Patterns and predictors of sitting time over ten years in a large population-based Canadian sample: findings from the Canadian Multicentre Osteoporosis Study (CaMos)

Klaus Gebel, Sarah Pont, Ding Ding, Adrian E. Bauman, Josephine Y. Chau, Claudie Berger, Jerilynn C. Prior*, CaMos Research Group

*Corresponding author for this work

Research output: Contribution to journalArticlepeer-review

9 Citations (Scopus)
13 Downloads (Pure)

Abstract

Our objective was to describe patterns and predictors of sedentary behavior (sitting time) over 10 years among a large Canadian cohort. Data are from the Canadian Multicentre Osteoporosis Study, a prospective study of women and men randomly selected from the general population. Respondents reported socio-demographics, lifestyle behaviors and health outcomes in interviewer-administered questionnaires; weight and height were measured. Baseline data were collected between 1995 and 1997 (n = 9418; participation rate = 42%), and at 5- (n = 7648) and 10-year follow-ups (n = 5567). Total sitting time was summed across domain-specific questions at three time points and dichotomized into “low” (≤ 7 h/day) and “high” (> 7 h/day), based on recent meta-analytic evidence on time sitting and all-cause mortality. Ten-year sitting patterns were classified as “consistently high”, “consistently low”, “increased”, “decreased”, and “mixed”. Predictors of sedentary behavior patterns were explored using chi-square tests, ANOVA and logistic regression. At baseline (mean age = 62.1 years ± 13.4) average sitting was 6.9 h/day; it was 7.0 at 5- and 10-year follow-ups (p for trend = 0.12). Overall 23% reported consistently high sitting time, 22% consistently low sitting, 14% decreased sitting, 17% increased sitting with 24% mixed patterns. Consistently high sitters were more likely to be men, university educated, full-time employed, obese, and to report consistently low physical activity levels. This is one of the first population-based studies to explore patterns of sedentary behavior (multi-domain sitting) within men and women over years. Risk classification of sitting among many adults changed during follow-up. Thus, studies of sitting and health would benefit from multiple measures of sitting over time.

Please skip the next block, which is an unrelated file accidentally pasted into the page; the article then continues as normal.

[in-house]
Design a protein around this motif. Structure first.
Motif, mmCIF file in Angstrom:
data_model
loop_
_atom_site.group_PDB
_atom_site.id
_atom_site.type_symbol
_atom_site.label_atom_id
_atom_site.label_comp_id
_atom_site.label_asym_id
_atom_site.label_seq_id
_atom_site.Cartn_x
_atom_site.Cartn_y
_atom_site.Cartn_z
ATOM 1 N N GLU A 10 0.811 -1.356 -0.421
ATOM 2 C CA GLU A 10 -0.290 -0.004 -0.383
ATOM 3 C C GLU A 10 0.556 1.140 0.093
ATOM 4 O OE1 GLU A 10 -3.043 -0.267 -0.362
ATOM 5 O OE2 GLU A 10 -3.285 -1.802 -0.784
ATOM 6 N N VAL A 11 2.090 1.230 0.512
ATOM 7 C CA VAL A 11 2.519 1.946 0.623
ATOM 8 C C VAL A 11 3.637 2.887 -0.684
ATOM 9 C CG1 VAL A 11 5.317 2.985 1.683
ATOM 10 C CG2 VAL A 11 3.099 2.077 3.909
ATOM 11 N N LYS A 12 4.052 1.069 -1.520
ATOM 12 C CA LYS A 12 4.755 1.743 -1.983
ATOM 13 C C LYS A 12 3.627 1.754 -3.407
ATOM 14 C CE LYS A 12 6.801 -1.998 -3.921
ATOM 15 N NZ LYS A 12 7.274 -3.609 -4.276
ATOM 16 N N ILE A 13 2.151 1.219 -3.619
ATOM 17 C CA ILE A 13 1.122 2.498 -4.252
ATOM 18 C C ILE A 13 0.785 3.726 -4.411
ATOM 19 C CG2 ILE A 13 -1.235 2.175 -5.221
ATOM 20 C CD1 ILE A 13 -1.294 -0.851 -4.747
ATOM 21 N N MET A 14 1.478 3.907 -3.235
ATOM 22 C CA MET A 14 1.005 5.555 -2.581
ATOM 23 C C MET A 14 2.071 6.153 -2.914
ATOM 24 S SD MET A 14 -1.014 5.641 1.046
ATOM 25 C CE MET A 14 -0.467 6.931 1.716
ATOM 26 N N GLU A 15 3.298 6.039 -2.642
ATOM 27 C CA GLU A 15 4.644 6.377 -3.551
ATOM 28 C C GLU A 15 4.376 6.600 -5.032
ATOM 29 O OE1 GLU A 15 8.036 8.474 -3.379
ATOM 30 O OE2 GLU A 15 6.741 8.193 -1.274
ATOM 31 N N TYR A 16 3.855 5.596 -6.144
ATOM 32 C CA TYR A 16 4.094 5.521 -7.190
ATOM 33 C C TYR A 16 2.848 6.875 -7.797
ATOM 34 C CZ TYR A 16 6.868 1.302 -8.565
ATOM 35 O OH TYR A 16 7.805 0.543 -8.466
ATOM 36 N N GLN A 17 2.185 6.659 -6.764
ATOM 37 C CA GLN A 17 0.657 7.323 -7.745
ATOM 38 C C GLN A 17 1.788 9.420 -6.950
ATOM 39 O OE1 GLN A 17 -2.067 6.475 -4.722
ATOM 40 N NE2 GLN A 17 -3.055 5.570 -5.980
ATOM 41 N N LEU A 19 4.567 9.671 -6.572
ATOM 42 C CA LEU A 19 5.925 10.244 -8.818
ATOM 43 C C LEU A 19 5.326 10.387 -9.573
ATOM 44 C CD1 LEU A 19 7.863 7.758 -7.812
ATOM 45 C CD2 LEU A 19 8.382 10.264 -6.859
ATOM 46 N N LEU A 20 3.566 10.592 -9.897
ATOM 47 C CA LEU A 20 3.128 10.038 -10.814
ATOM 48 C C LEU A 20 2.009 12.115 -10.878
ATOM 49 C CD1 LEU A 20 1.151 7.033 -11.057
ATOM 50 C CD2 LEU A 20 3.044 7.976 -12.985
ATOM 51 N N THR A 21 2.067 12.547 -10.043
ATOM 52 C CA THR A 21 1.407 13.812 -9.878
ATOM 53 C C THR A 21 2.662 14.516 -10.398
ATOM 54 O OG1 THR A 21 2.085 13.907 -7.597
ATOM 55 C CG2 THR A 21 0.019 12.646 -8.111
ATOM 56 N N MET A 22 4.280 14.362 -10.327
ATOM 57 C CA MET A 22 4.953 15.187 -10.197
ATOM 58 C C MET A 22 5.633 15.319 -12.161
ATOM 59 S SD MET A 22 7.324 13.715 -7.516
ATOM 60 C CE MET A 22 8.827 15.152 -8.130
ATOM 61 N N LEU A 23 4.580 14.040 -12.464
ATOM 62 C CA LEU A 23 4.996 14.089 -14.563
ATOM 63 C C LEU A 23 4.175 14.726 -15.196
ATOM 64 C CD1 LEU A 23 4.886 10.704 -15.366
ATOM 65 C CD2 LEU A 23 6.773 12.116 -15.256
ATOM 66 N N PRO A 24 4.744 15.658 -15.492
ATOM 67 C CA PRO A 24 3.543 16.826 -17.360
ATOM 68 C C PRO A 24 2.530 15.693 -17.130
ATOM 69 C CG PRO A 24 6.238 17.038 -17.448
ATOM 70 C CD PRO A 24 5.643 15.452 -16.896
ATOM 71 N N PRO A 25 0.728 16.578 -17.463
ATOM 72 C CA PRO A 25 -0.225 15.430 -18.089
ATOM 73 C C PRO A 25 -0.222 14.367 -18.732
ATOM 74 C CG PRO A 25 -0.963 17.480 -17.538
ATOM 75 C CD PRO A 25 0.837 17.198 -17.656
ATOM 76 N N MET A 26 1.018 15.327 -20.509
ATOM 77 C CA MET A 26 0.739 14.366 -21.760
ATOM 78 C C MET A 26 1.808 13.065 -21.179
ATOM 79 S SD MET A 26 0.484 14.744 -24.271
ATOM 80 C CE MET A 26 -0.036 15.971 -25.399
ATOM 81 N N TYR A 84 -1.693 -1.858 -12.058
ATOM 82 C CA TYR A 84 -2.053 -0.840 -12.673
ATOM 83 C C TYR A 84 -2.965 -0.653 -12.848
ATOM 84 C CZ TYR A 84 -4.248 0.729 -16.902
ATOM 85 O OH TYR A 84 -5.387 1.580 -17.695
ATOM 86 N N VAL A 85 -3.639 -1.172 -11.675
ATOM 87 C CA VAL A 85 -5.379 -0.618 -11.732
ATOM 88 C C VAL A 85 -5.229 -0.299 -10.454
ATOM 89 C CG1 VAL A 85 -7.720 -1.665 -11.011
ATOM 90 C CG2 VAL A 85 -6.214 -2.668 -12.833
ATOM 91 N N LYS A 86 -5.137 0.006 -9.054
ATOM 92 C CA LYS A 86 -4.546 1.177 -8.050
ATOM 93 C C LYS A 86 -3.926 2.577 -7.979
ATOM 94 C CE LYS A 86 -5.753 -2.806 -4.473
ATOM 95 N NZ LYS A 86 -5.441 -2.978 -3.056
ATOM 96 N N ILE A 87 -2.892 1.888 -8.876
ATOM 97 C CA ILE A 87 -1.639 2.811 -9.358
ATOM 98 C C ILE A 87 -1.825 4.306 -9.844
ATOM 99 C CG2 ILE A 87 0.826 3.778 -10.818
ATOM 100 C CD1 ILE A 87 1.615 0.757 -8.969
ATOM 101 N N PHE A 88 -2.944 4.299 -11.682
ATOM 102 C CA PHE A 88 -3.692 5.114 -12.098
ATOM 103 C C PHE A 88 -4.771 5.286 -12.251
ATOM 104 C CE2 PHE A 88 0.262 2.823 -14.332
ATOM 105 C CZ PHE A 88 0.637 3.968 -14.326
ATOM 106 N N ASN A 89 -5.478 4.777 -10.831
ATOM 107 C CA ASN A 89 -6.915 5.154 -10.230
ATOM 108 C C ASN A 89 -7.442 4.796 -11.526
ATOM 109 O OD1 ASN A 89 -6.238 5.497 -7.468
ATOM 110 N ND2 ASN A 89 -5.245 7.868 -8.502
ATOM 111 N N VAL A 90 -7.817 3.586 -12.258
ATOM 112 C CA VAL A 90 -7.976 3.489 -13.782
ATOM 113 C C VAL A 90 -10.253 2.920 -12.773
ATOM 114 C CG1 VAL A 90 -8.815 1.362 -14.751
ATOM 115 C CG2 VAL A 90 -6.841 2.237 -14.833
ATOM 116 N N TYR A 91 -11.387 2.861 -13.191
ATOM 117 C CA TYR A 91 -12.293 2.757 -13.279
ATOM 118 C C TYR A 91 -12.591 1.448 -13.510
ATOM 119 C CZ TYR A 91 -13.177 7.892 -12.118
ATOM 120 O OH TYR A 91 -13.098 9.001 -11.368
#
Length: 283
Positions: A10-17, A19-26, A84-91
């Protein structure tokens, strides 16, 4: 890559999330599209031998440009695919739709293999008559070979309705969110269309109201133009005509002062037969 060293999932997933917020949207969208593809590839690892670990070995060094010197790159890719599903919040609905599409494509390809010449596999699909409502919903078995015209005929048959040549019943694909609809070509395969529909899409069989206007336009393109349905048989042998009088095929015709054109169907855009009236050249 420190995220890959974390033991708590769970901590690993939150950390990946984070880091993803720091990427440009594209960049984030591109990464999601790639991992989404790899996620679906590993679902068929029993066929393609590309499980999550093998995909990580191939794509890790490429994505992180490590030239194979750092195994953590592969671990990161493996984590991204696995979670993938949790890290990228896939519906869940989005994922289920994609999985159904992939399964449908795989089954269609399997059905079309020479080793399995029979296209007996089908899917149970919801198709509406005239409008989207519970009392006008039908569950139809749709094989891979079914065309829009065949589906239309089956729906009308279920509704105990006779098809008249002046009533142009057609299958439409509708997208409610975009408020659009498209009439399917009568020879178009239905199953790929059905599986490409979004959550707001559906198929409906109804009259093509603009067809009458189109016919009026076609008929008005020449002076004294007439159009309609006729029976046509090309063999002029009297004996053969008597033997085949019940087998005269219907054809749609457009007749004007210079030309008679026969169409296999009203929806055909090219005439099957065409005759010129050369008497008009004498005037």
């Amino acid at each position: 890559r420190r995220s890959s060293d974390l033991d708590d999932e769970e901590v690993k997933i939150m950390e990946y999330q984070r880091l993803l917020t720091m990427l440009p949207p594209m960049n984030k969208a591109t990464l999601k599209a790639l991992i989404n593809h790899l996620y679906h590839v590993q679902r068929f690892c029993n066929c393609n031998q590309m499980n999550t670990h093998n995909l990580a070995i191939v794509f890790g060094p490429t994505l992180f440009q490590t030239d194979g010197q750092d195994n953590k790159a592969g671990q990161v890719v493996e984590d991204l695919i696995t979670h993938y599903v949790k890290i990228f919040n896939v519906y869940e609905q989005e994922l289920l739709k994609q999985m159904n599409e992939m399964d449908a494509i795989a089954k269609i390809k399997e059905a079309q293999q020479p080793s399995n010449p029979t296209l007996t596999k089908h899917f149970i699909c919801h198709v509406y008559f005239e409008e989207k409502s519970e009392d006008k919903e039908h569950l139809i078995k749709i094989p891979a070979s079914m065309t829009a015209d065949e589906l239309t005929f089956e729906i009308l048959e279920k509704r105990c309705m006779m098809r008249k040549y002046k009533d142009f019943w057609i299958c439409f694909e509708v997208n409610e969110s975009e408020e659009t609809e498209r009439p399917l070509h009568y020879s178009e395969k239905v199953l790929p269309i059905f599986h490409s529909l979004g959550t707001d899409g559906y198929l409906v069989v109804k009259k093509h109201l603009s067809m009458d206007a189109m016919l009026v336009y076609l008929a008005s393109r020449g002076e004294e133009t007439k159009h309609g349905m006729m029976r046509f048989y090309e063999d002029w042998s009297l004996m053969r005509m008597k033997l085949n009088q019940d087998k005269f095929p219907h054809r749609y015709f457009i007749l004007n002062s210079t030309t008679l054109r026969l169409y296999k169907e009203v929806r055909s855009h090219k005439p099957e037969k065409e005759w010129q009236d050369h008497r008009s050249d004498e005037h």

Original languageEnglish
Pages (from-to)289-294
Number of pages6
JournalPreventive Medicine Reports
Volume5
DOIs
Publication statusPublished - 1 Mar 2017
Externally publishedYes

Bibliographical note

Copyright 2017. Version archived for private and non-commercial use with the permission of the author/s and according to publisher conditions. For further rights please contact the publisher.

Keywords

  • Cohort study
  • Population-based cohort
  • Predictor
  • Sedentary behavior
  • Trend

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